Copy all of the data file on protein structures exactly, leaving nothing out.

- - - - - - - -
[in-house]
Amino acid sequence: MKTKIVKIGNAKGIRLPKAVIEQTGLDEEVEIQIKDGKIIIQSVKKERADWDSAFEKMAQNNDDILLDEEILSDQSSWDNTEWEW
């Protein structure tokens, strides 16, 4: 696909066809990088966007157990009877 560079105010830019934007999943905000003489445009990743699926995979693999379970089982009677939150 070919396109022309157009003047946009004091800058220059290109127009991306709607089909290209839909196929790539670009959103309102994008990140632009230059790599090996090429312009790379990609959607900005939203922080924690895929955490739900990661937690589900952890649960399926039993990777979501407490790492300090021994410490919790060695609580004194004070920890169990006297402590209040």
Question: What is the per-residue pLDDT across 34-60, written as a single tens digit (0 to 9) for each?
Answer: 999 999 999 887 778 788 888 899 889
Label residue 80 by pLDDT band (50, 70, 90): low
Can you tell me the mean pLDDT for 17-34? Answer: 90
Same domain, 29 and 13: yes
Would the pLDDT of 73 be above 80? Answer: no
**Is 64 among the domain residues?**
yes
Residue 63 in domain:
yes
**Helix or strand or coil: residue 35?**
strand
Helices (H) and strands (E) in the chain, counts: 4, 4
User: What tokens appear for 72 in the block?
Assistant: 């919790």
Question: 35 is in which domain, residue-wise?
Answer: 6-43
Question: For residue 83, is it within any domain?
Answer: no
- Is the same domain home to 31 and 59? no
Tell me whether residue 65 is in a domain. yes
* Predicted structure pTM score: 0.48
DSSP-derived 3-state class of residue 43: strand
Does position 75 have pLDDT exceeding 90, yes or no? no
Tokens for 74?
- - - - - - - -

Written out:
[in-house]
Amino acid sequence: MKTKIVKIGNAKGIRLPKAVIEQTGLDEEVEIQIKDGKIIIQSVKKERADWDSAFEKMAQNNDDILLDEEILSDQSSWDNTEWEW
């Protein structure tokens, strides 16, 4: 696909066809990088966007157990009877 560079105010830019934007999943905000003489445009990743699926995979693999379970089982009677939150 070919396109022309157009003047946009004091800058220059290109127009991306709607089909290209839909196929790539670009959103309102994008990140632009230059790599090996090429312009790379990609959607900005939203922080924690895929955490739900990661937690589900952890649960399926039993990777979501407490790492300090021994410490919790060695609580004194004070920890169990006297402590209040």
Question: What is the per-residue pLDDT across 34-60, written as a single tens digit (0 to 9) for each?
Answer: 999 999 999 887 778 788 888 899 889
Label residue 80 by pLDDT band (50, 70, 90): low
Can you tell me the mean pLDDT for 17-34? Answer: 90
Same domain, 29 and 13: yes
Would the pLDDT of 73 be above 80? Answer: no
**Is 64 among the domain residues?**
yes
Residue 63 in domain:
yes
**Helix or strand or coil: residue 35?**
strand
Helices (H) and strands (E) in the chain, counts: 4, 4
User: What tokens appear for 72 in the block?
Assistant: 């919790």
Question: 35 is in which domain, residue-wise?
Answer: 6-43
Question: For residue 83, is it within any domain?
Answer: no
- Is the same domain home to 31 and 59? no
Tell me whether residue 65 is in a domain. yes
* Predicted structure pTM score: 0.48
DSSP-derived 3-state class of residue 43: strand
Does position 75 have pLDDT exceeding 90, yes or no? no
Tokens for 74?